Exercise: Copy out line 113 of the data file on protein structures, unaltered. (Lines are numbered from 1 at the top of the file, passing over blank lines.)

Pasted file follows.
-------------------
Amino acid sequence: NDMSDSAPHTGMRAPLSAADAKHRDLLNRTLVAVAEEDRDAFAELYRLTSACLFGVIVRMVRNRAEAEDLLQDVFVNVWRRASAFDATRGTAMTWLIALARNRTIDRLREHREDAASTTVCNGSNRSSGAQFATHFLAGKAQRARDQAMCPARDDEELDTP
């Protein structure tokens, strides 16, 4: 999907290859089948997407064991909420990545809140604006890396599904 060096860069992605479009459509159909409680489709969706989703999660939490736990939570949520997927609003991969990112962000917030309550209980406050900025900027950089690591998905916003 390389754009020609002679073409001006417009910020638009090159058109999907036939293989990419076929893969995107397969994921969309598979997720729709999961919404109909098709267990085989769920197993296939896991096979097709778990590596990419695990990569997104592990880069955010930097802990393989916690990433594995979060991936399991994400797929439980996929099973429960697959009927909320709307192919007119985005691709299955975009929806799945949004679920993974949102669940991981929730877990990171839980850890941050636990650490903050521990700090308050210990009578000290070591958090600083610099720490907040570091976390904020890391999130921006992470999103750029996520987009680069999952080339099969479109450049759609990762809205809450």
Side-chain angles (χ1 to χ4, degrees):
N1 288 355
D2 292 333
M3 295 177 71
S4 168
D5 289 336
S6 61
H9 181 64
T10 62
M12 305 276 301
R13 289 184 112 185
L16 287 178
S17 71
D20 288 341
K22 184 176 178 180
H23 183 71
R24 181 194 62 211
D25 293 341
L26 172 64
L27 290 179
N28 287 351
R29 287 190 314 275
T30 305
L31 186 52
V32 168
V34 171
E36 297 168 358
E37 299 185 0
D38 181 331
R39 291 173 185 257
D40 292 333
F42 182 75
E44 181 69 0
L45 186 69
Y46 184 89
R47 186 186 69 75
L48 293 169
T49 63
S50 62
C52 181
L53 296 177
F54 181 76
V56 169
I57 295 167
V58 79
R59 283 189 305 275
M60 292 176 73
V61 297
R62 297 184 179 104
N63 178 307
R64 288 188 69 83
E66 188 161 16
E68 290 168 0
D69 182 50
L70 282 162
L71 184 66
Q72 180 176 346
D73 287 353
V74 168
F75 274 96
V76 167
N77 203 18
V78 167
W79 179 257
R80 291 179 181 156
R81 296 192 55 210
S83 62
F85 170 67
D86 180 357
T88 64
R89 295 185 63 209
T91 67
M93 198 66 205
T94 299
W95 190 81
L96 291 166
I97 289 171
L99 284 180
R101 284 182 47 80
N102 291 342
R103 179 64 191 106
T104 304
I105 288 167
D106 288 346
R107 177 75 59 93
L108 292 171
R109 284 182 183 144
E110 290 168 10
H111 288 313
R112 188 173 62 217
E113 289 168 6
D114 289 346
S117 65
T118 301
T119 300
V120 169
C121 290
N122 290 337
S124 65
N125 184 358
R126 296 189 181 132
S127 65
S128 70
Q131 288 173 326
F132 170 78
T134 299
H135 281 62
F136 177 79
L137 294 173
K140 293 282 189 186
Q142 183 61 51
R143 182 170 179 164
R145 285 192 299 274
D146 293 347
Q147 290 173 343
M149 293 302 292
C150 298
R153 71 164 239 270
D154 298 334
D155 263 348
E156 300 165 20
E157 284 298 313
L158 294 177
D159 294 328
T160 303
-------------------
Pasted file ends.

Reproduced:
Q142 183 61 51